Whilst growing up at home, I picked up a few recipes, tips and tricks from both my mum and my sister.
And later, in my then boyfriend’s tiny, practically non-existent kitchen, I learnt a bit more, but always cooked safe, reliable meals; you know, the ones that even a little kid couldn’t screw up.
And later still, when that boyfriend became my husband and we got a bigger kitchen and a wall unit full of cookbooks, I learnt even more and started trying new things, cooking new things. I was no longer scared of words like proving, beurre blanc, temper, soufflé, crème anglaise, chiffonnade, gougere…
Have you noticed that some of the scariest culinary terms are French?
Yet even after all this time, when trying new things, I still turn to the first three chefs who taught me how to cook: Jamie Oliver gave me a good foundation in technique; Nigella Lawson showed me that everyday ingredients can be magical; Stephanie Alexander still continues to teach me what flavours go together and how to substitute ingredients.
So when I finally decided to try cooking with zucchini flowers, there was Jamie with a recipe just waiting for me. This was about a year ago now, and even though I have added a lovely zucchini flower pasta dish and a moreish zucchini flower pizza to my repertoire, seeing these elusive flowers out and about again I was reminded of this first attempt to cook with them.
Below is Jamie’s recipe in his own words as published on the Food Network website. He has such a unique voice and turn of phrase that it is a shame to mess with it.
Crispy Zucchini Flowers Stuffed with Ricotta and Mint
- 7 ounces good-quality crumbly ricotta cheese (not supermarket ricotta; best bought from a specialty shop)
- ¼ of a nutmeg finely grated, or a pinch of ground nutmeg
- A small handful freshly grated Parmesan
- 1 lemon, zest finely grated, plus 2 lemons, halved for serving
- A small bunch fresh mint, leaves picked and finely chopped
- 1 to 2 fresh red chiles, halved, seeded and very finely chopped
- Sea salt and freshly ground black pepper
- 1 ¾ cups self-rising flour, plus a little extra for dusting
- 1 ½ cups decent white wine or sparkling water
- 8 zucchini flowers, with zucchini still attached
- Vegetable oil
- These stuffed zucchini flowers look and taste amazing! Make sure they’re eaten straightaway, while they’re still crisp and hot. If you can’t get hold of any flowers you can still make the recipe using just the zucchini – it will be like an Italian tempura.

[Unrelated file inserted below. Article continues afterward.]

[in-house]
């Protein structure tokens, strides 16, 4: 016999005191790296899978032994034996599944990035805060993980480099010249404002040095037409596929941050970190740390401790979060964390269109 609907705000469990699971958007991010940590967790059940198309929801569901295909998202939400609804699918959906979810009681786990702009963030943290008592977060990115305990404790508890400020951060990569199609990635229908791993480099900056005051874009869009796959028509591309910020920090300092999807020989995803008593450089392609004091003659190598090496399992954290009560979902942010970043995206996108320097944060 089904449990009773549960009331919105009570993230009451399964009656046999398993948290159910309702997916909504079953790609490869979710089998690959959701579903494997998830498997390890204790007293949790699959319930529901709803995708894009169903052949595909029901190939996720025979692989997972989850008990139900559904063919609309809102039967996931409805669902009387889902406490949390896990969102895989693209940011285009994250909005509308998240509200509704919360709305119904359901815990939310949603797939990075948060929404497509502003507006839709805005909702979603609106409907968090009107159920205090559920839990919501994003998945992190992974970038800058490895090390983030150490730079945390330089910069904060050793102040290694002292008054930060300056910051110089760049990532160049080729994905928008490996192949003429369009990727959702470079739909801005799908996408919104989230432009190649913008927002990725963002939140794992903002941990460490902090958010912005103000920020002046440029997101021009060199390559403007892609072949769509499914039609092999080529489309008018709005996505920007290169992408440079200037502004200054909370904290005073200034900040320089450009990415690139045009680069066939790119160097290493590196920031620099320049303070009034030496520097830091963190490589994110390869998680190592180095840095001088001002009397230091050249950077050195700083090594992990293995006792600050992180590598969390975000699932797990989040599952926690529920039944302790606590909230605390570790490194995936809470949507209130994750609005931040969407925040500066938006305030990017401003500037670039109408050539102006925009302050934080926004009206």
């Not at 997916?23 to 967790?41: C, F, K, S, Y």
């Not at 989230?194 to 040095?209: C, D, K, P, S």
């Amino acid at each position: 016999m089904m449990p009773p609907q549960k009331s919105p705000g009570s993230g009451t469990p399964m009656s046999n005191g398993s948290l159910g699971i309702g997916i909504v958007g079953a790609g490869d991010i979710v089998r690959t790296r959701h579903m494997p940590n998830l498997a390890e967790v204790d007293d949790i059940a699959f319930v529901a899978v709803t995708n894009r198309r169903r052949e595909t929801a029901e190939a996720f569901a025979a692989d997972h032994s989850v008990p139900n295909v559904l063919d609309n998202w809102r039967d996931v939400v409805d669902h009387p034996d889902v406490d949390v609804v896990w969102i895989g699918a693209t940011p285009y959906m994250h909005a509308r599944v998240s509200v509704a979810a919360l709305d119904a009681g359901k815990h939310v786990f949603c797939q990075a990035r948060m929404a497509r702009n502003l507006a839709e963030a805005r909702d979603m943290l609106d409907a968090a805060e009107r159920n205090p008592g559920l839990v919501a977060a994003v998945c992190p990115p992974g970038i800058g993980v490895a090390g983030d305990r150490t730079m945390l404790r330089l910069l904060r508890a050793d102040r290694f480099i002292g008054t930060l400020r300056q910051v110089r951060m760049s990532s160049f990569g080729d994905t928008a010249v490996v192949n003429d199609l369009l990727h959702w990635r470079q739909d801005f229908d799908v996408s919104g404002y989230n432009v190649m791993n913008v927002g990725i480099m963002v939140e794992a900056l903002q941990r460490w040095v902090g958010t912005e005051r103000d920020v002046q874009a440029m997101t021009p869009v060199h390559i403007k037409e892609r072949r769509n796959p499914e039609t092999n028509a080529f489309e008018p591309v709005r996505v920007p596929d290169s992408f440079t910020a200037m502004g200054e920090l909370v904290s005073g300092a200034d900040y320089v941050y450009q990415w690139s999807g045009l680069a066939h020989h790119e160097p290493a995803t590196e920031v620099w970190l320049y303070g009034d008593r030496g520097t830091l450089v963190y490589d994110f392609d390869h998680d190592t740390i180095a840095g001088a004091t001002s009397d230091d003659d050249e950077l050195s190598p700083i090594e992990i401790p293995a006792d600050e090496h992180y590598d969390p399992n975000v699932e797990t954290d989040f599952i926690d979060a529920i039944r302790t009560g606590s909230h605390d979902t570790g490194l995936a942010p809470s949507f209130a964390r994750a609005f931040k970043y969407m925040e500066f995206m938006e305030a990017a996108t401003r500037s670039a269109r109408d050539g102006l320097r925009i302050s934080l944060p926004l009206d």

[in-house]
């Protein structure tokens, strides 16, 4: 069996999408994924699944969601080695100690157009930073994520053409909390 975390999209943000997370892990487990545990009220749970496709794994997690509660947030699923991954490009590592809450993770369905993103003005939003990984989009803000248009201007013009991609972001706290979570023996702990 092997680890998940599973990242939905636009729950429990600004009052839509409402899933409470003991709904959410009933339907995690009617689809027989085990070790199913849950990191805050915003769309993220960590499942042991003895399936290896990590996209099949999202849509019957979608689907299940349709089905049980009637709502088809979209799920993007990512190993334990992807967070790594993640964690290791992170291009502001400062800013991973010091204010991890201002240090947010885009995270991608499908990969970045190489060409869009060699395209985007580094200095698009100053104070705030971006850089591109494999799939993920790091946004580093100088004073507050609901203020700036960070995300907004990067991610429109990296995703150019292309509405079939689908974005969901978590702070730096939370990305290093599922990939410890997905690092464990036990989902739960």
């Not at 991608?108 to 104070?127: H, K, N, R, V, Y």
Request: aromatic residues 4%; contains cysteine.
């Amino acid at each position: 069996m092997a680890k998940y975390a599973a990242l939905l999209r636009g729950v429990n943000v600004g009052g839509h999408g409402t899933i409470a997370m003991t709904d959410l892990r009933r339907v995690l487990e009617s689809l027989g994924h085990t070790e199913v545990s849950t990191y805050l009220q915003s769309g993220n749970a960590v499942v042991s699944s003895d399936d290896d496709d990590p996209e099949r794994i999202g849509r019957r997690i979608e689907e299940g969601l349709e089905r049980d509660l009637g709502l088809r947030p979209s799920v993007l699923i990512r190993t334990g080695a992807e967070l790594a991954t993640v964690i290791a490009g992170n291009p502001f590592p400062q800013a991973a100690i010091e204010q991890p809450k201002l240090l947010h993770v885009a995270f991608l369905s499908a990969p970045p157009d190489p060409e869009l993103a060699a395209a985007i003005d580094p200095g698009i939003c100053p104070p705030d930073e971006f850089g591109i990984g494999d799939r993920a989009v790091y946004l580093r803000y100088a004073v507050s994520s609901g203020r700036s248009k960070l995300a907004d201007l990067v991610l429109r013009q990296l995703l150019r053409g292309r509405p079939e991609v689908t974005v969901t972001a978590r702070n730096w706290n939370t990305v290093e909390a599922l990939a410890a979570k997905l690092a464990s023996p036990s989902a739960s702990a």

- Beat the ricotta in a bowl with the nutmeg, the Parmesan, lemon zest and most of the chopped mint and chiles. Season carefully, with salt and pepper, to taste.
- To make a lovely light batter, put the flour into a mixing bowl with a good pinch of salt. Pour in the white wine and whisk until thick and smooth. At this point the consistency of the batter should be like heavy cream or, if you dip your finger in, it should stick to your finger and nicely coat it. If it’s too thin, add a bit more flour; if it’s too thick, add a little more wine.
- Open the zucchini flowers up gently, keeping them attached to the zucchini, and snip off the pointed stamen inside because these taste bitter. Give the flowers a gentle rinse if you like.
- With a teaspoon, carefully fill each flower with the ricotta mixture. Or, as I prefer to do, spoon the ricotta into the corner of a sandwich bag. Snip 1/2-inch off the corner and use this as a makeshift piping bag to gently squeeze the filling into each flower, until just full. Carefully press the flowers back together around the mixture to seal it in. Then put the flowers aside. (Any leftover ricotta can be smeared on hot crostini as a snack!)
- Now for the deep-frying bit. Get everyone out of the way if you can and make sure there are no kids around. Have tongs or a spider ready for lifting the flowers out of the oil, and a plate with a double layer of paper towels on it for draining. Pour the oil into a deep fat fryer or large deep saucepan so it’s about 4 inches deep. Heat it up to 350 degrees F or, if using a saucepan, put in your piece of potato. As soon as the potato turns golden, floats to the surface and starts to sizzle, the oil is just about the right temperature. Remove the potato from the pan.
- One by one, dip the zucchini with their ricotta-stuffed flowers into the batter, making sure they’re completely covered, and gently let any excess drip off. Carefully release them, away from you, into the hot oil. Quickly batter another 1 or 2 flowers and any small zucchini (or parsley) leaves if you have any – but don’t crowd the pan too much otherwise they’ll stick together. Fry until golden and crisp all over, then lift them out of the oil and drain on the paper towels. Remove to a plate or board and sprinkle with a good pinch of salt and the remaining chile and mint. Serve with half a lemon to squeeze over. Bloody delicious. Eat them quick!
Recipe by Jamie Oliver as found on the Food Network website.